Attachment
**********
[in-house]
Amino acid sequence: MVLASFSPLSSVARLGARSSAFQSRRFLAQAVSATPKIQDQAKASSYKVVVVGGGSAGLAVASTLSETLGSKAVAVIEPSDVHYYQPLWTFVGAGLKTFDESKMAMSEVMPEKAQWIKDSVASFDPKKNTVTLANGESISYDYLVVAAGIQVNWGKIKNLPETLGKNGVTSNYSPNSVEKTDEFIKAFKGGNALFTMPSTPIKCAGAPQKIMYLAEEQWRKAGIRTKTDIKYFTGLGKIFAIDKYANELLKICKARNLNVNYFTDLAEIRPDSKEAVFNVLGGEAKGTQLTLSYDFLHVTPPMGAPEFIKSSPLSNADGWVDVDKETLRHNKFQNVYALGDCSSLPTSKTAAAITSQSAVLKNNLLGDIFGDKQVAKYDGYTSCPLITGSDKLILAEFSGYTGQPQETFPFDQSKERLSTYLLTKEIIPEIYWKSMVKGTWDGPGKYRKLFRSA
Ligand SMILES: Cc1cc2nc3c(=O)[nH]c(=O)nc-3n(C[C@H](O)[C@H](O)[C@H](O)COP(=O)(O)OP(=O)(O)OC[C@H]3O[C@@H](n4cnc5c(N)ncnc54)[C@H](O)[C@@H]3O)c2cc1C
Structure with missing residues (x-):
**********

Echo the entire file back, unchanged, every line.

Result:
[in-house]
Amino acid sequence: MVLASFSPLSSVARLGARSSAFQSRRFLAQAVSATPKIQDQAKASSYKVVVVGGGSAGLAVASTLSETLGSKAVAVIEPSDVHYYQPLWTFVGAGLKTFDESKMAMSEVMPEKAQWIKDSVASFDPKKNTVTLANGESISYDYLVVAAGIQVNWGKIKNLPETLGKNGVTSNYSPNSVEKTDEFIKAFKGGNALFTMPSTPIKCAGAPQKIMYLAEEQWRKAGIRTKTDIKYFTGLGKIFAIDKYANELLKICKARNLNVNYFTDLAEIRPDSKEAVFNVLGGEAKGTQLTLSYDFLHVTPPMGAPEFIKSSPLSNADGWVDVDKETLRHNKFQNVYALGDCSSLPTSKTAAAITSQSAVLKNNLLGDIFGDKQVAKYDGYTSCPLITGSDKLILAEFSGYTGQPQETFPFDQSKERLSTYLLTKEIIPEIYWKSMVKGTWDGPGKYRKLFRSA
Ligand SMILES: Cc1cc2nc3c(=O)[nH]c(=O)nc-3n(C[C@H](O)[C@H](O)[C@H](O)COP(=O)(O)OP(=O)(O)OC[C@H]3O[C@@H](n4cnc5c(N)ncnc54)[C@H](O)[C@@H]3O)c2cc1C
Structure with missing residues (x-):